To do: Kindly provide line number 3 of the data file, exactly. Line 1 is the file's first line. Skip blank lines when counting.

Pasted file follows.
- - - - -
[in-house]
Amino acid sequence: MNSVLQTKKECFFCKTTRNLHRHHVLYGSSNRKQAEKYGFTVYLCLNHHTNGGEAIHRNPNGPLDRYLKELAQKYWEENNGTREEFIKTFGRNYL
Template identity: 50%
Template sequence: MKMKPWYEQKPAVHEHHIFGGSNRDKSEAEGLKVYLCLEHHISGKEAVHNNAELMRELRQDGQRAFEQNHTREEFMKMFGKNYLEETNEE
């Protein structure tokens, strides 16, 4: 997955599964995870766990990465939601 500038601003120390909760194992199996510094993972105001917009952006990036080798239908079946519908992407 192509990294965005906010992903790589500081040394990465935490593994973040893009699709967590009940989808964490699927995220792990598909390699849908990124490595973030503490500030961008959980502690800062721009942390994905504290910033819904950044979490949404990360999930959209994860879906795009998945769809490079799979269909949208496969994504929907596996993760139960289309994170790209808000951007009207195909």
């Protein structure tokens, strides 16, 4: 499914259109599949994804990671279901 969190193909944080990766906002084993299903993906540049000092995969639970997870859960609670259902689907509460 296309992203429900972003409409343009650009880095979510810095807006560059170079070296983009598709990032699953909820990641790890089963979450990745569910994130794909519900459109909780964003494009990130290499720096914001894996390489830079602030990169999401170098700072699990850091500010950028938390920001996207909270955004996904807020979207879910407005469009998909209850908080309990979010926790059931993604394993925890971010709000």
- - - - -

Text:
Template identity: 50%